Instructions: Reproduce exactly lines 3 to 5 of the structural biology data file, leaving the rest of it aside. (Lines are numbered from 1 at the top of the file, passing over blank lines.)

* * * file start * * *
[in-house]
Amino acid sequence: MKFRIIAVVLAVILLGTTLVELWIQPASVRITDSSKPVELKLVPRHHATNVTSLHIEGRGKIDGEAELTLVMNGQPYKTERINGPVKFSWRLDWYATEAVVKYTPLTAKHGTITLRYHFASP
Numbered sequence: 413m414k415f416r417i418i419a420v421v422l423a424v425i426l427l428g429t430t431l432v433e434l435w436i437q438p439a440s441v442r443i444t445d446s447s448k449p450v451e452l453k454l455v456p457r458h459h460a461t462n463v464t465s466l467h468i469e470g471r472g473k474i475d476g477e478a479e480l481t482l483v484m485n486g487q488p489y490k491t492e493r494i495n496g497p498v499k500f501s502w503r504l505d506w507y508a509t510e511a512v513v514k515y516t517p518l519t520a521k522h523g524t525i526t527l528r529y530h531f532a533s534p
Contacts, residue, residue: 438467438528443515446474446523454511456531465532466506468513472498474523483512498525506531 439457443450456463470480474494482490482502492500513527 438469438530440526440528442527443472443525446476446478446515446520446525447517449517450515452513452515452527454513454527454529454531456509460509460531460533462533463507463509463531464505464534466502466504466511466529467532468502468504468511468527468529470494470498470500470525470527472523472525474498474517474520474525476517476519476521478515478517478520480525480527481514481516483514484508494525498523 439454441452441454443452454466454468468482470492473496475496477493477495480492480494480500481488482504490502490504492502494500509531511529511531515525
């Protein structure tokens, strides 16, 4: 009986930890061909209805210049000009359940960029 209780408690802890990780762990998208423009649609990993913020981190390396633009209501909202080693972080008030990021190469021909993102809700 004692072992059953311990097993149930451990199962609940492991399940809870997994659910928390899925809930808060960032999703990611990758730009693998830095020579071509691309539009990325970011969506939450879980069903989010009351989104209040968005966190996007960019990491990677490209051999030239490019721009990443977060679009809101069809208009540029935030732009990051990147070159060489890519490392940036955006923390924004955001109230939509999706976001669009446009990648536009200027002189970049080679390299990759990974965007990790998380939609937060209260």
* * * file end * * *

Numbered sequence: 413m414k415f416r417i418i419a420v421v422l423a424v425i426l427l428g429t430t431l432v433e434l435w436i437q438p439a440s441v442r443i444t445d446s447s448k449p450v451e452l453k454l455v456p457r458h459h460a461t462n463v464t465s466l467h468i469e470g471r472g473k474i475d476g477e478a479e480l481t482l483v484m485n486g487q488p489y490k491t492e493r494i495n496g497p498v499k500f501s502w503r504l505d506w507y508a509t510e511a512v513v514k515y516t517p518l519t520a521k522h523g524t525i526t527l528r529y530h531f532a533s534p
Contacts, residue, residue: 438467438528443515446474446523454511456531465532466506468513472498474523483512498525506531 439457443450456463470480474494482490482502492500513527 438469438530440526440528442527443472443525446476446478446515446520446525447517449517450515452513452515452527454513454527454529454531456509460509460531460533462533463507463509463531464505464534466502466504466511466529467532468502468504468511468527468529470494470498470500470525470527472523472525474498474517474520474525476517476519476521478515478517478520480525480527481514481516483514484508494525498523 439454441452441454443452454466454468468482470492473496475496477493477495480492480494480500481488482504490502490504492502494500509531511529511531515525
């Protein structure tokens, strides 16, 4: 009986930890061909209805210049000009359940960029 209780408690802890990780762990998208423009649609990993913020981190390396633009209501909202080693972080008030990021190469021909993102809700 004692072992059953311990097993149930451990199962609940492991399940809870997994659910928390899925809930808060960032999703990611990758730009693998830095020579071509691309539009990325970011969506939450879980069903989010009351989104209040968005966190996007960019990491990677490209051999030239490019721009990443977060679009809101069809208009540029935030732009990051990147070159060489890519490392940036955006923390924004955001109230939509999706976001669009446009990648536009200027002189970049080679390299990759990974965007990790998380939609937060209260």